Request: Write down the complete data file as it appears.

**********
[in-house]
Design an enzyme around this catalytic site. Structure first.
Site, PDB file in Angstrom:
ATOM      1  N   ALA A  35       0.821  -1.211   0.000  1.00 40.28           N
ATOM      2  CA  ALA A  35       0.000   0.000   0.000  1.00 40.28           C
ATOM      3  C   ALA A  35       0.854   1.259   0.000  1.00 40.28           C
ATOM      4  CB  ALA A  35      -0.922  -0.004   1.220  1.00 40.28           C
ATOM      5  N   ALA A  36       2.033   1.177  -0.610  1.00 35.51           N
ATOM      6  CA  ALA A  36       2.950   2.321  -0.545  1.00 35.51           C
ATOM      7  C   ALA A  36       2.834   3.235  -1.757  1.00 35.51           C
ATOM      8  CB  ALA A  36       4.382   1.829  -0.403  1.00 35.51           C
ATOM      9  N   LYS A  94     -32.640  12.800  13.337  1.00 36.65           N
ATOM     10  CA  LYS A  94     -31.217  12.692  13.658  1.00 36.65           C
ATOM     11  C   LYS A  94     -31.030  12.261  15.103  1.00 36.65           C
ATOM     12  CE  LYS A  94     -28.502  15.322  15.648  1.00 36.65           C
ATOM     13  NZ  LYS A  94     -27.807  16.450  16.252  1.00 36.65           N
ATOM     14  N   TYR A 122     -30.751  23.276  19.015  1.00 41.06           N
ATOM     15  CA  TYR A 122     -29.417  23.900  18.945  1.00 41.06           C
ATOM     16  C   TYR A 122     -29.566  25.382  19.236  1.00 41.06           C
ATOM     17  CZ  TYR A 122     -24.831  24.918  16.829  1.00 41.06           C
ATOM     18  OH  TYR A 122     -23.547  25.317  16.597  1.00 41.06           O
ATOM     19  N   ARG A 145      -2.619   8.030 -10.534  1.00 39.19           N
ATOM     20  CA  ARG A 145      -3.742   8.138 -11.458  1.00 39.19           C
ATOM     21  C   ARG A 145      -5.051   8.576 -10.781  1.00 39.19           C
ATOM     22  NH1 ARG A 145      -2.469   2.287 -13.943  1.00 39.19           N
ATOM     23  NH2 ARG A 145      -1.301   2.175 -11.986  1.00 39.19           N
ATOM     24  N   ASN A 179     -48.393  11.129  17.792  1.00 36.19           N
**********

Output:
[in-house]
Design an enzyme around this catalytic site. Structure first.
Site, PDB file in Angstrom:
ATOM      1  N   ALA A  35       0.821  -1.211   0.000  1.00 40.28           N
ATOM      2  CA  ALA A  35       0.000   0.000   0.000  1.00 40.28           C
ATOM      3  C   ALA A  35       0.854   1.259   0.000  1.00 40.28           C
ATOM      4  CB  ALA A  35      -0.922  -0.004   1.220  1.00 40.28           C
ATOM      5  N   ALA A  36       2.033   1.177  -0.610  1.00 35.51           N
ATOM      6  CA  ALA A  36       2.950   2.321  -0.545  1.00 35.51           C
ATOM      7  C   ALA A  36       2.834   3.235  -1.757  1.00 35.51           C
ATOM      8  CB  ALA A  36       4.382   1.829  -0.403  1.00 35.51           C
ATOM      9  N   LYS A  94     -32.640  12.800  13.337  1.00 36.65           N
ATOM     10  CA  LYS A  94     -31.217  12.692  13.658  1.00 36.65           C
ATOM     11  C   LYS A  94     -31.030  12.261  15.103  1.00 36.65           C
ATOM     12  CE  LYS A  94     -28.502  15.322  15.648  1.00 36.65           C
ATOM     13  NZ  LYS A  94     -27.807  16.450  16.252  1.00 36.65           N
ATOM     14  N   TYR A 122     -30.751  23.276  19.015  1.00 41.06           N
ATOM     15  CA  TYR A 122     -29.417  23.900  18.945  1.00 41.06           C
ATOM     16  C   TYR A 122     -29.566  25.382  19.236  1.00 41.06           C
ATOM     17  CZ  TYR A 122     -24.831  24.918  16.829  1.00 41.06           C
ATOM     18  OH  TYR A 122     -23.547  25.317  16.597  1.00 41.06           O
ATOM     19  N   ARG A 145      -2.619   8.030 -10.534  1.00 39.19           N
ATOM     20  CA  ARG A 145      -3.742   8.138 -11.458  1.00 39.19           C
ATOM     21  C   ARG A 145      -5.051   8.576 -10.781  1.00 39.19           C
ATOM     22  NH1 ARG A 145      -2.469   2.287 -13.943  1.00 39.19           N
ATOM     23  NH2 ARG A 145      -1.301   2.175 -11.986  1.00 39.19           N
ATOM     24  N   ASN A 179     -48.393  11.129  17.792  1.00 36.19           N